Rosenwald Fellows and the Journey to Brown v. Board of Education
Discussion of the philanthropy of Julius Rosenwald often focuses on the encouragement and financial support he offered to African Americans through the building of 4,977 schoolhouses across 15 states. This work, initiated by Rosenwald as a friend and admirer of Booker T. Washington, strengthened communities and created the opportunity for elementary education where previously there had been none. A third of all African American children in the South from 1920-1950s benefited from the education they received in these Rosenwald schools.
But there was another avenue by which the Julius Rosenwald Fund supported the work of African Americans: the Rosenwald Fellowship program. This support provided remarkable sustenance to the “talented tenth,” as W.E.B. DuBois called the men and women who would become the first generations of black leaders in the arts and in scholarship, “fellows” who would attract wide attention and respect. In particular, it was recipients of Rosenwald fellowships who provided much of the insight and scholarly research that led to the 1954 Supreme Court decision Brown v. Board of Education of Topeka that struck down the legal concept of “separate but equal.”
The fellowship program was created in 1928 and implemented the following year. Rosenwald had just handed over management of his charitable foundation to a professional, Edwin Embree, a man he had met when they both served on the board of the Rockefeller Foundation.
Embree, the grandson of a prominent abolitionist, shared Rosenwald’s commitment to promoting opportunity for African Americans. One of his first proposals as head of the Rosenwald Fund (as noted in the executive committee minutes) was to create a program offering financial assistance to “individuals of exceptional promise.”
Rosenwald died in 1932, but the Fund went on until 1948, awarding 588 fellowships to African Americans and 222 to “white Southerners.” The names of these fellows read like a Who’s Who of achievement in fields from the arts to international diplomacy. James Weldon Johnson, author of “Lift Every Voice and Sing,” and acclaimed opera singer Marian Anderson, were among the first fellows; author James Baldwin and painter Jacob Lawrence were some of the last. In 1931 a fellowship went to future Nobel Peace Prize winner Ralph Bunche.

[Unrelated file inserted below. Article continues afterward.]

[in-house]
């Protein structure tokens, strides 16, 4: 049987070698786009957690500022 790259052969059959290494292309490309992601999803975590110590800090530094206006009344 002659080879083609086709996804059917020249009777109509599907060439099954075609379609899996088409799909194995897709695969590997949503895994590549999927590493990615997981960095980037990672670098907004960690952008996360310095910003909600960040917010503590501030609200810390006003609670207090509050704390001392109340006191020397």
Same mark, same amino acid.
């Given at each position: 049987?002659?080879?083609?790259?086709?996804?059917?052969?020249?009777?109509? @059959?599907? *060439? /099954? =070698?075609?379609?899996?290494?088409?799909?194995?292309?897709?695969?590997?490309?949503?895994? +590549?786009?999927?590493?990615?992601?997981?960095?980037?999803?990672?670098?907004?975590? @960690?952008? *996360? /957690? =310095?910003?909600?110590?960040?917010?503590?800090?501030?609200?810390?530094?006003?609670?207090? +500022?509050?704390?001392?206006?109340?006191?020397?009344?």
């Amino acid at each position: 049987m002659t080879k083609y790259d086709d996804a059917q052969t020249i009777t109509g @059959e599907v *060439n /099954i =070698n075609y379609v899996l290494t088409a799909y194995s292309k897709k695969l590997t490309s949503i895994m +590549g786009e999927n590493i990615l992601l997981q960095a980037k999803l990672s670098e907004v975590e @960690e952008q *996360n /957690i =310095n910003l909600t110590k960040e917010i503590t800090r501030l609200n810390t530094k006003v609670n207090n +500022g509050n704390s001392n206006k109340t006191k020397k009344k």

The Rosenwald Fellows and Brown v. Board
In 1944 a Rosenwald fellowship enabled a young Pauli Murray, who had just graduated as valedictorian of her class at Howard University Law School, to continue her legal studies at the University of California at Berkeley. The restrictive housing covenants she encountered there infuriated her and, as she later wrote in her memoir, "Song in a Weary Throat", “fueled my determination to find the key to a successful legal attack upon racial segregation.”
In a seminar paper she argued that the impact of the “separate but equal” policy enshrined in the Plessy v. Ferguson case did “violence to the personality of the individual affected whether he is white or black.” Continuing her work after graduation, she researched and wrote a 740-page book called “States’ Laws on Race and Color,” detailing the varying segregation laws in each of the states. Thurgood Marshall later called this extraordinary work the “Bible of Brown v. Board.”
A few years later, Marshall, as director of the Legal Defense and Education Fund of the NAACP, and working towards a legal challenge to segregation in education, drew on this work as well as on input from an exceptional group of men and women, many of whose careers had been assisted by Rosenwald fellowships.
Robert Lee Carter, for example, had graduated from Howard University Law School with the highest grade point average in the school’s history. A Rosenwald fellowship in 1940 enabled him to continue his legal studies at Columbia University where he wrote a thesis exploring the “due process” clause of the 14th Amendment and the ways it had been used to challenge state laws allowing discrimination. Starting in 1944, he was on the staff of the NAACP’s Legal Defense Fund.
Mamie Phipps Clark and her husband Kenneth B. Clark were psychologists who had been granted Rosenwald fellowships in 1940 to study the effects of awareness of racial difference on young children. Their research included the famous experiment in which children were asked to choose which of two dolls they identified with (the moment brilliantly captured in a photograph by another Rosenwald fellow, Gordon Parks). The Clarks determined that the separation from white peers that they experienced severely undermined their sense of self-confidence and self-worth.